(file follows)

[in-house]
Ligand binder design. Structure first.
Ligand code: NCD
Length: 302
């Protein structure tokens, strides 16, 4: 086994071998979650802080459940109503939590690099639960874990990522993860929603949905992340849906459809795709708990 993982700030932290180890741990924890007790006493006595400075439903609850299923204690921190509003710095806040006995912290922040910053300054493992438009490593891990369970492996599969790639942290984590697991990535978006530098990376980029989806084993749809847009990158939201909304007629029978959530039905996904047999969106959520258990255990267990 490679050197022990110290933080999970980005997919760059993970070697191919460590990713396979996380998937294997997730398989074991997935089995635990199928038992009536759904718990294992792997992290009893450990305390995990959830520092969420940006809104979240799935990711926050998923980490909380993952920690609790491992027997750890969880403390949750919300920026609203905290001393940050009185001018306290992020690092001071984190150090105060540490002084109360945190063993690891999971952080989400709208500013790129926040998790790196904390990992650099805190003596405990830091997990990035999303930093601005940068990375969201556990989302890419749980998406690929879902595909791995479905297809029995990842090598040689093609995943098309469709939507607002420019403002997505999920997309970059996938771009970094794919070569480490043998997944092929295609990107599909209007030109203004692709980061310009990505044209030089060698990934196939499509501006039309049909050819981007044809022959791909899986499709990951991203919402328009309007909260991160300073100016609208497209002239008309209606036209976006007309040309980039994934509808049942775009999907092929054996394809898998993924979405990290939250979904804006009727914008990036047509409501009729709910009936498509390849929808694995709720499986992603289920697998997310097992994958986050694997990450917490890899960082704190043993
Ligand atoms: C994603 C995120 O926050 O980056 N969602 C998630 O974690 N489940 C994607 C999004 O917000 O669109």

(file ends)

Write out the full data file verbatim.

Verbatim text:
[in-house]
Ligand binder design. Structure first.
Ligand code: NCD
Length: 302
């Protein structure tokens, strides 16, 4: 086994071998979650802080459940109503939590690099639960874990990522993860929603949905992340849906459809795709708990 993982700030932290180890741990924890007790006493006595400075439903609850299923204690921190509003710095806040006995912290922040910053300054493992438009490593891990369970492996599969790639942290984590697991990535978006530098990376980029989806084993749809847009990158939201909304007629029978959530039905996904047999969106959520258990255990267990 490679050197022990110290933080999970980005997919760059993970070697191919460590990713396979996380998937294997997730398989074991997935089995635990199928038992009536759904718990294992792997992290009893450990305390995990959830520092969420940006809104979240799935990711926050998923980490909380993952920690609790491992027997750890969880403390949750919300920026609203905290001393940050009185001018306290992020690092001071984190150090105060540490002084109360945190063993690891999971952080989400709208500013790129926040998790790196904390990992650099805190003596405990830091997990990035999303930093601005940068990375969201556990989302890419749980998406690929879902595909791995479905297809029995990842090598040689093609995943098309469709939507607002420019403002997505999920997309970059996938771009970094794919070569480490043998997944092929295609990107599909209007030109203004692709980061310009990505044209030089060698990934196939499509501006039309049909050819981007044809022959791909899986499709990951991203919402328009309007909260991160300073100016609208497209002239008309209606036209976006007309040309980039994934509808049942775009999907092929054996394809898998993924979405990290939250979904804006009727914008990036047509409501009729709910009936498509390849929808694995709720499986992603289920697998997310097992994958986050694997990450917490890899960082704190043993
Ligand atoms: C994603 C995120 O926050 O980056 N969602 C998630 O974690 N489940 C994607 C999004 O917000 O669109």